Scientists at the Gillingham Institute for Gifted Geese have finally discovered how to tap into the last of the great green sources of electricity: aurorae.
"Every single day, several hundred million gigawatt of electricity are generated at both poles," said Simon Goose, head of research into research at GIGG. "The sun is constantly pouring pure electricity straight into our planet, and we are simply ignoring it."
Calculations done by the Media Studies PhD students have calculated that there is enough electricity deposited through the aurorae each day to power the world twice over.
"There are a couple of issues we have to overcome," said Goose. "The actual conversion of aurorae into usable electricity is a fairly trivial matter of hooking up a big magnet to the grid. The Van Allen belts have already converted some of the sun's energy directly into electricity already. However, getting the electricity from the poles to the rest of the world is a major headache as nobody wants all those wires trailing through their country, even if they're getting free electricity out of it."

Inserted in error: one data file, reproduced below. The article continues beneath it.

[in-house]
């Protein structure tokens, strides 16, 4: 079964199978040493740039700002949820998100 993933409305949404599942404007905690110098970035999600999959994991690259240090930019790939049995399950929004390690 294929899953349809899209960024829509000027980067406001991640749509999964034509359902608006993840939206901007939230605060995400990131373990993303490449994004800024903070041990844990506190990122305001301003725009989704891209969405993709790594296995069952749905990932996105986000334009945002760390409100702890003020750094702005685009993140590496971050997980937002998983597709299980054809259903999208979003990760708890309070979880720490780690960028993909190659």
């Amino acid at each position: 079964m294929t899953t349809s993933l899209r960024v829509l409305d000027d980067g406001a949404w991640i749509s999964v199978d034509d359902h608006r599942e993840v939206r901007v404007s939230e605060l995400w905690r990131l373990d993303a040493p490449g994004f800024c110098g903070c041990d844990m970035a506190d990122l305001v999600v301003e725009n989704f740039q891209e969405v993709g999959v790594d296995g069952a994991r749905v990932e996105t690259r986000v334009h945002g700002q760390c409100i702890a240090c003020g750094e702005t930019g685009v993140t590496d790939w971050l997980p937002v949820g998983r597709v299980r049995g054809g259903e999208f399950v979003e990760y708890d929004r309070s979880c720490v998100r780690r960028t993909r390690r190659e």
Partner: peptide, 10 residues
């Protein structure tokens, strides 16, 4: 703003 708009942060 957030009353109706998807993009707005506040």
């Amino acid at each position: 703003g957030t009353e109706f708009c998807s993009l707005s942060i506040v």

The other problem is the major stumbling block to the whole project. Extracting the energy from the Aurora Borealis would result in the aurora ceasing it's eye catching display for ever.
The Finns have declared that they cannot allow access to the North Pole as the Aurora Borealis is a major tourist attraction, indeed, it is their only tourist attraction and generates two thirds of the country's income. The other third comes from rent off Santa Clause. They claim ownership of the Aurora Borealis as it appears to be mainly above their country.
"Other countries might be able to see it," said Jorg Nösepikka, minister for tourism in Finland, "but we own it. And nobody's taking it off us."